The photographs and color reproduction add a cinematic flavor to this personal story.
The story was one of a first-person account of experiences in the relocation camps of the Japanese-Americans during the aftermath of Pearl Harbor.
What it does show is the spirit and determination of the incarcerated to provide a sense of normalcy to their daily lives.
Beautiful pictures, made very clear the endurance of a people.Published 21 days ago by Ernestine Melton
What can I say the Incarceration of Japanese American in WW2 was a dark period in American history, but now uncommon within the all sides of the war. Read morePublished 5 months ago by Peter U
Although I am a fan of black and white photography, this book of color photos is very striking.
The backstory and the family upon which the majority of the photos are based (a... Read more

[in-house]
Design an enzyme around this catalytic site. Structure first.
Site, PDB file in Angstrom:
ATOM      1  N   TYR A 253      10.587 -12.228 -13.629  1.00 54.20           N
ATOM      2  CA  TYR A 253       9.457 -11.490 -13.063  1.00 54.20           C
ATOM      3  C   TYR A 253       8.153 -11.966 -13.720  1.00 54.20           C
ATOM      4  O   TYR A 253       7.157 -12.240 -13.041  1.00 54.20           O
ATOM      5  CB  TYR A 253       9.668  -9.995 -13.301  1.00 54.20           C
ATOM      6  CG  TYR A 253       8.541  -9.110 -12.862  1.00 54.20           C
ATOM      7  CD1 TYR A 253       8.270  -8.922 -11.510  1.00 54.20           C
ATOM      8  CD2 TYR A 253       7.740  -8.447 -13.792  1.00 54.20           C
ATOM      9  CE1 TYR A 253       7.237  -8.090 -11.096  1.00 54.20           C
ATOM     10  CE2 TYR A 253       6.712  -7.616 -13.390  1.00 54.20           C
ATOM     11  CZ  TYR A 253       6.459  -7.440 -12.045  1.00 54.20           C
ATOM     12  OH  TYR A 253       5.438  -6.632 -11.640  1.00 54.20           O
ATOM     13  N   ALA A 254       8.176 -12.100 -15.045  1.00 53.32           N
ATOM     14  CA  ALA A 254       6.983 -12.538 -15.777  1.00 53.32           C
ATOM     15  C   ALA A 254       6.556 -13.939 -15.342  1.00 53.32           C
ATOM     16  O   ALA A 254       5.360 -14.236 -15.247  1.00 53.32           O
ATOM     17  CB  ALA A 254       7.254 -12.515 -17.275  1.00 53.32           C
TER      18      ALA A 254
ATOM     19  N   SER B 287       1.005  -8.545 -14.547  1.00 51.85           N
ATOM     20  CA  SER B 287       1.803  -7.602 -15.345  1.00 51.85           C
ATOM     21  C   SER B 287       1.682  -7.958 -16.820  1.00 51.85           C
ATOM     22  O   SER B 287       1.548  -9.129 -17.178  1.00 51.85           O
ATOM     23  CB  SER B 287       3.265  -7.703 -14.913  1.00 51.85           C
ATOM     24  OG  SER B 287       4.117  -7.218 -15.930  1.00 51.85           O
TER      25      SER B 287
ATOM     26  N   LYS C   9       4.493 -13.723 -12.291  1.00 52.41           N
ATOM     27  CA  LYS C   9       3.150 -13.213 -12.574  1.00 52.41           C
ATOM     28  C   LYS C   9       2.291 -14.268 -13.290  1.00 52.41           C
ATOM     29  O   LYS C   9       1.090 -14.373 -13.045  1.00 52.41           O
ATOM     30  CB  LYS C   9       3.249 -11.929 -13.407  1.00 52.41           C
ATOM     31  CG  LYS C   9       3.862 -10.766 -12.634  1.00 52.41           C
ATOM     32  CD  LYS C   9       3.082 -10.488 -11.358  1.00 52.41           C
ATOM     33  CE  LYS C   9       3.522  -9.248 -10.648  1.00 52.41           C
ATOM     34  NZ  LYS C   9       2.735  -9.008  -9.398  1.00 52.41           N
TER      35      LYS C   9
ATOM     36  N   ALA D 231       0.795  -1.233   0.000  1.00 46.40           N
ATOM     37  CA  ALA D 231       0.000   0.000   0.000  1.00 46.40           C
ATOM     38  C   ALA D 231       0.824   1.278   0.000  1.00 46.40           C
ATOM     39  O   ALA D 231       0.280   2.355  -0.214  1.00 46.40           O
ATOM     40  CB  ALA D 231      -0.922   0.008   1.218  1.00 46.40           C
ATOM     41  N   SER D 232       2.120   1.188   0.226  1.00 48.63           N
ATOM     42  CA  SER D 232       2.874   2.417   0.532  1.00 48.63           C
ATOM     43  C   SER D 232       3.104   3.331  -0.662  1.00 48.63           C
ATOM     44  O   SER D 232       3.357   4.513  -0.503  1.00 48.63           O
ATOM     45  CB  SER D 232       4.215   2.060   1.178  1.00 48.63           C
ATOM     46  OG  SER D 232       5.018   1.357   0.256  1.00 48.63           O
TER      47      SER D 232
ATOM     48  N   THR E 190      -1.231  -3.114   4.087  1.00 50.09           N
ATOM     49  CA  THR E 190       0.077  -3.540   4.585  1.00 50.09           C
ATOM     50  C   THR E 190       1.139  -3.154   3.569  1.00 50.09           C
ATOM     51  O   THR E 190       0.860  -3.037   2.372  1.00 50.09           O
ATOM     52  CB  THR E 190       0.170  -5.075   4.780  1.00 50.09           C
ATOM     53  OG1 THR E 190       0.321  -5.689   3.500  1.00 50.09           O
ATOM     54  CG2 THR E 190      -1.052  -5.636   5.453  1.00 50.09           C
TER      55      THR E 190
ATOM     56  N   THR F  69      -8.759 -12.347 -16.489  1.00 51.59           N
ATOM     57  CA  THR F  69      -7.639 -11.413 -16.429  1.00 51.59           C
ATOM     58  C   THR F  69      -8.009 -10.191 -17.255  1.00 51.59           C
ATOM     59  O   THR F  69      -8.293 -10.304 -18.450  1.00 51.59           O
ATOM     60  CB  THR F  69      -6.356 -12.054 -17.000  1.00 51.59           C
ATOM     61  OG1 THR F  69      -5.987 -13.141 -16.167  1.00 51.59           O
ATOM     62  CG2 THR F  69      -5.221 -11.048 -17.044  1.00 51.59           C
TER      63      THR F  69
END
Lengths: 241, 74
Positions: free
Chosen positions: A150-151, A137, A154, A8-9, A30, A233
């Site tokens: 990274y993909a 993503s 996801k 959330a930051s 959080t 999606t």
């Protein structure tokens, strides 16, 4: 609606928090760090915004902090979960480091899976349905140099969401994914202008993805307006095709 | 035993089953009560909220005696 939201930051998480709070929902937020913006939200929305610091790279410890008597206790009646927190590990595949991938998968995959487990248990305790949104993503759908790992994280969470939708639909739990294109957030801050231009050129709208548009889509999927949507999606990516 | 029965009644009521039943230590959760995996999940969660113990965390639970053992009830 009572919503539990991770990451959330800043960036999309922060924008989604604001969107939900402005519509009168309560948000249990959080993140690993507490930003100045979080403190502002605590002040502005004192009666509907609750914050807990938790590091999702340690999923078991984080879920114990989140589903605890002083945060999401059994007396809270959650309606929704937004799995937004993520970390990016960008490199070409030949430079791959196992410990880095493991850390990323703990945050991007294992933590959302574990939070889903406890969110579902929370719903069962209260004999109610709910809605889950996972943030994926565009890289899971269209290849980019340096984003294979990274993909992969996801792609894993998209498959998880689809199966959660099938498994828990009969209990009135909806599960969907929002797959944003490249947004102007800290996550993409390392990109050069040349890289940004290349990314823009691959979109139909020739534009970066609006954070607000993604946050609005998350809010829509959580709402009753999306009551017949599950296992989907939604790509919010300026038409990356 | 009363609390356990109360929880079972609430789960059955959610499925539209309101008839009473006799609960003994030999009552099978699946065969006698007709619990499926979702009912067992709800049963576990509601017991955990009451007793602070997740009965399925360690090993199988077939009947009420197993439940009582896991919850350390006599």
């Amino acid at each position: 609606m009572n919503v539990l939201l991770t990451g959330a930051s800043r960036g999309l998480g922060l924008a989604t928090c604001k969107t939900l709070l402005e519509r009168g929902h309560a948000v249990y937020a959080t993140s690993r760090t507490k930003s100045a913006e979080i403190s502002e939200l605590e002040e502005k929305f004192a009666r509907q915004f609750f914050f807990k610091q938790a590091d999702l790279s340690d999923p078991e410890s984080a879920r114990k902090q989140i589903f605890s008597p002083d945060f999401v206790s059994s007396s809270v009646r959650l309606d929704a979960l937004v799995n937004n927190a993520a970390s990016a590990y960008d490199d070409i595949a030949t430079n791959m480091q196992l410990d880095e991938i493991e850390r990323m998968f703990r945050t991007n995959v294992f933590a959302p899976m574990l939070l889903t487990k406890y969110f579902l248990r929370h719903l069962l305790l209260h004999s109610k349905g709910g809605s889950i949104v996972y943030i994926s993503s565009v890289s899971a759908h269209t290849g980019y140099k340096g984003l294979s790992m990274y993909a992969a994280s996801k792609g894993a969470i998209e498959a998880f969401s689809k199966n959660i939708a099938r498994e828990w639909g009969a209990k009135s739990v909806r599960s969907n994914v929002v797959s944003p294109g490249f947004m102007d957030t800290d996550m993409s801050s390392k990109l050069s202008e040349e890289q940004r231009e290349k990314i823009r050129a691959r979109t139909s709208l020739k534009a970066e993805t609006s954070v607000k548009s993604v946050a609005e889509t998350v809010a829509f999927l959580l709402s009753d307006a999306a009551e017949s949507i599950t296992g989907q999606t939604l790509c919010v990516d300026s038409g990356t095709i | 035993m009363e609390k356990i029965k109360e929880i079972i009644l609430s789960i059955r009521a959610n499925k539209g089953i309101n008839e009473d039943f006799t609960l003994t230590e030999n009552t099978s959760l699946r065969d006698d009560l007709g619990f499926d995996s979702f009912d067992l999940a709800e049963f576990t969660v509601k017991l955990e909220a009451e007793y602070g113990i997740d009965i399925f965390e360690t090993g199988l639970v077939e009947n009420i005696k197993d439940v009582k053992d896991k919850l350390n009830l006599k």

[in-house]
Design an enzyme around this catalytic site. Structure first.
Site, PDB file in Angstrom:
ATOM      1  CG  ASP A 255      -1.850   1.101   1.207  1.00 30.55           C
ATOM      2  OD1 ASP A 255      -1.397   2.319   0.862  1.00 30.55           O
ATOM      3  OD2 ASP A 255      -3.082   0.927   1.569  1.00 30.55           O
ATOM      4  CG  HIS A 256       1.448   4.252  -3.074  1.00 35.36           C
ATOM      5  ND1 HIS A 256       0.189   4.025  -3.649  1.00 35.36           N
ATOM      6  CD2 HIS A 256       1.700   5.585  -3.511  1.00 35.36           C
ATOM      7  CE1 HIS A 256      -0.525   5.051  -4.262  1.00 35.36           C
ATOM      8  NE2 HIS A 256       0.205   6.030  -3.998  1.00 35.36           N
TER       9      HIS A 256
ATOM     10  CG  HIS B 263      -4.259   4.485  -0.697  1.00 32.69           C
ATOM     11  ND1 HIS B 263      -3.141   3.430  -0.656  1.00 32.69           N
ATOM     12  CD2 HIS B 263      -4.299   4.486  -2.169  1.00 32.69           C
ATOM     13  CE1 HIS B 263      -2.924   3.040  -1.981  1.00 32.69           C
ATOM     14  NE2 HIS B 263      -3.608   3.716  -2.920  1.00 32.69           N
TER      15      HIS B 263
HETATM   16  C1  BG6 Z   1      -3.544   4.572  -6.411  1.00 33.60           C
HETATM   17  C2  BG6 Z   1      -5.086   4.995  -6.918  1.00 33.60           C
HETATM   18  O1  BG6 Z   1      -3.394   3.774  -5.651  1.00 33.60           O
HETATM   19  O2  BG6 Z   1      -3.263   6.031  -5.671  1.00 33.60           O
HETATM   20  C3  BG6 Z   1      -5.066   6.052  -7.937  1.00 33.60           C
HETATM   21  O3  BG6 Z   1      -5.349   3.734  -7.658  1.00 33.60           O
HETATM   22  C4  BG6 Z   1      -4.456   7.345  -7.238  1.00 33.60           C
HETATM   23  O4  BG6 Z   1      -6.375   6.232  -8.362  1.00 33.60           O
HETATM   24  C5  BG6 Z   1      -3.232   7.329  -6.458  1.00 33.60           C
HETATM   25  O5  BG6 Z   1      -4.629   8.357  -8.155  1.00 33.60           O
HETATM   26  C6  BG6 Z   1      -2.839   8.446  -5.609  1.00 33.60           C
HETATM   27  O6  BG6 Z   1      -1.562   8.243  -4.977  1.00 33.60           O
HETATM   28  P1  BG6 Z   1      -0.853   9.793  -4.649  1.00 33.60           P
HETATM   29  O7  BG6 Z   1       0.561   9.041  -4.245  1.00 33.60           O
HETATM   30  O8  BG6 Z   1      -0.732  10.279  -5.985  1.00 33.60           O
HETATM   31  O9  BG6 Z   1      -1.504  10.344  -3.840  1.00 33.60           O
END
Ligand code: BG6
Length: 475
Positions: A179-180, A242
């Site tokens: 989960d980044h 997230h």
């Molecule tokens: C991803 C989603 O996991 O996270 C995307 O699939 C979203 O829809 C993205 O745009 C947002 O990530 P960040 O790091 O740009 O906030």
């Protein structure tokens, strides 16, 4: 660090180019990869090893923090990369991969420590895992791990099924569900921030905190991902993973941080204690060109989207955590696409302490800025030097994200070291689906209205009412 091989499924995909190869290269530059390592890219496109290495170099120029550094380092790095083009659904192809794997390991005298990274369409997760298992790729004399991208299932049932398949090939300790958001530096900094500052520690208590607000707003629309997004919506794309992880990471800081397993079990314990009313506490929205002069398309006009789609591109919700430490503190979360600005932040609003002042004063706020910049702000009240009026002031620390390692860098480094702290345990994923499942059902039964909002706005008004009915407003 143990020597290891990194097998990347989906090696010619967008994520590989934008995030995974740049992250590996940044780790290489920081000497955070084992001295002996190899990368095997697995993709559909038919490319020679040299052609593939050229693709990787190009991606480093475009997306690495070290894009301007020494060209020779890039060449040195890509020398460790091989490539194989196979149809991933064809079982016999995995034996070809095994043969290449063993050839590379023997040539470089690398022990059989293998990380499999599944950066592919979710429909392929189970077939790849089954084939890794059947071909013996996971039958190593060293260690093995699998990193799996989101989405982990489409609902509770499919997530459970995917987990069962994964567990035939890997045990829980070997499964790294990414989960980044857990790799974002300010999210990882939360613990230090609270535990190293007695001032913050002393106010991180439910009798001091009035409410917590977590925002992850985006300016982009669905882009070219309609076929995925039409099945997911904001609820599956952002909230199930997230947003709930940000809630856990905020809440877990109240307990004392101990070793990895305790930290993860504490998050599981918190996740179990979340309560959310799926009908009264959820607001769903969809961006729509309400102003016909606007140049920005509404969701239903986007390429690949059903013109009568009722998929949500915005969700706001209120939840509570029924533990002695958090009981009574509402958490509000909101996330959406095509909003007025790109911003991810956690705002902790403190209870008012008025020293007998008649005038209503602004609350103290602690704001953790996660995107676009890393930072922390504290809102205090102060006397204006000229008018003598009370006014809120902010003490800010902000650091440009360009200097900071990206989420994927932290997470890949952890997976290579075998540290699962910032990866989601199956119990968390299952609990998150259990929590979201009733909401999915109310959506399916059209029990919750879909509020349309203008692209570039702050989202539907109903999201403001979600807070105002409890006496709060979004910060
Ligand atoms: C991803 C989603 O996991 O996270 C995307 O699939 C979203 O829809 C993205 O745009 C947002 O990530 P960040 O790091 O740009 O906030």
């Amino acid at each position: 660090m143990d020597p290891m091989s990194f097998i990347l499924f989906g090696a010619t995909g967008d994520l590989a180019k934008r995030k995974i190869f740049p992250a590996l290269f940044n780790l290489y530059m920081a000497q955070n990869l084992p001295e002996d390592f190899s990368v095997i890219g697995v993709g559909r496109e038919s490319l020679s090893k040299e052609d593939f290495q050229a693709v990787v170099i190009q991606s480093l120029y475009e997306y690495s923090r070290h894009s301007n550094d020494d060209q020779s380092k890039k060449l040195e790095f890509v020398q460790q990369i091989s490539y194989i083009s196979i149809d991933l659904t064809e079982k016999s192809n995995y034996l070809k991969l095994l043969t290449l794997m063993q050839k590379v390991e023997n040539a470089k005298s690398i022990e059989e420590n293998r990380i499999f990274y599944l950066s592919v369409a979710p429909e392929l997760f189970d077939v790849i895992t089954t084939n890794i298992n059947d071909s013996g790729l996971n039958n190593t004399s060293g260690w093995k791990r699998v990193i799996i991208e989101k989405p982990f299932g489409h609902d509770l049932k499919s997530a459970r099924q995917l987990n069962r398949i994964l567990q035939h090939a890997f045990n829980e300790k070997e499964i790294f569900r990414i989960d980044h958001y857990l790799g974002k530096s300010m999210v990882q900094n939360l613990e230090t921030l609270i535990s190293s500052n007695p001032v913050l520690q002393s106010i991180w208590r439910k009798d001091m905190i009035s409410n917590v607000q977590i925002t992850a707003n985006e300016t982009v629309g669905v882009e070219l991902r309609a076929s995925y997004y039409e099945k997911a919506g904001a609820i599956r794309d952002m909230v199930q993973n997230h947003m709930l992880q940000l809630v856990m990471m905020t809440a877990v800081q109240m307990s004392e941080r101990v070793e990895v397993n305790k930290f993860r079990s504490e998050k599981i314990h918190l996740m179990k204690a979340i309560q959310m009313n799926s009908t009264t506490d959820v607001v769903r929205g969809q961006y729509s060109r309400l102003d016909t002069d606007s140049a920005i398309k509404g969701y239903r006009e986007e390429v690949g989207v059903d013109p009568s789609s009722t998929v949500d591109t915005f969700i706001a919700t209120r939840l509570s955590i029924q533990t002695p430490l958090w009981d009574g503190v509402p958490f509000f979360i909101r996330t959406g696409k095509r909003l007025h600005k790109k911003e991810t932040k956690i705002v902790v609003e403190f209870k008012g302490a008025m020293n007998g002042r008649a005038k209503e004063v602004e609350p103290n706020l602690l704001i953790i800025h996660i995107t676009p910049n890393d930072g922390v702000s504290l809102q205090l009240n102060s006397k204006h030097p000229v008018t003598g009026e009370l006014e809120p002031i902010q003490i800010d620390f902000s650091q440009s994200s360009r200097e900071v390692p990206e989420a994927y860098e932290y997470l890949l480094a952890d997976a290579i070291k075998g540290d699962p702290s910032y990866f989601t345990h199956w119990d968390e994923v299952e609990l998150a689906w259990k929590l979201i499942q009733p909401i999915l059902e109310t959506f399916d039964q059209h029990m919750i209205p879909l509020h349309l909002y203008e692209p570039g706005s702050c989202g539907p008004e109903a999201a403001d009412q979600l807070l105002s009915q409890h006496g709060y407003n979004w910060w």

A beautiful book showing the strength and dignity of the Japanese Americans
Striking images that stay in your minds eye
I am 81 years old and was one of the "internees" in a Concentration Camp in Granada Colorado for almost 4 years. Read morePublished 13 months ago by Robert K. Nagamoto
My father (Minnedoka, ID) read the Colors of Confinement in 2 days. The description of "camp" was how he remembered it. Read morePublished 16 months ago by fussy
Not only is this book full of information on the Japanese internments during WWII, but the photos are beautiful and very moving.Published 18 months ago by Marjean M. Hull
This tragic episode in American politics shows the resiliency and dignity of the Japanese-Americans and leaves the reader with admiration for the prisoners for creating sustainable... Read morePublished 18 months ago by Lorraine Loiselle
There are several photo books on the Japanese Internment Camps, with some magnificent B&W photos by Ansel Adams, Dorothea Lange, and Miyatake (with a handmade camera), but... Read morePublished 20 months ago by Richard Johnson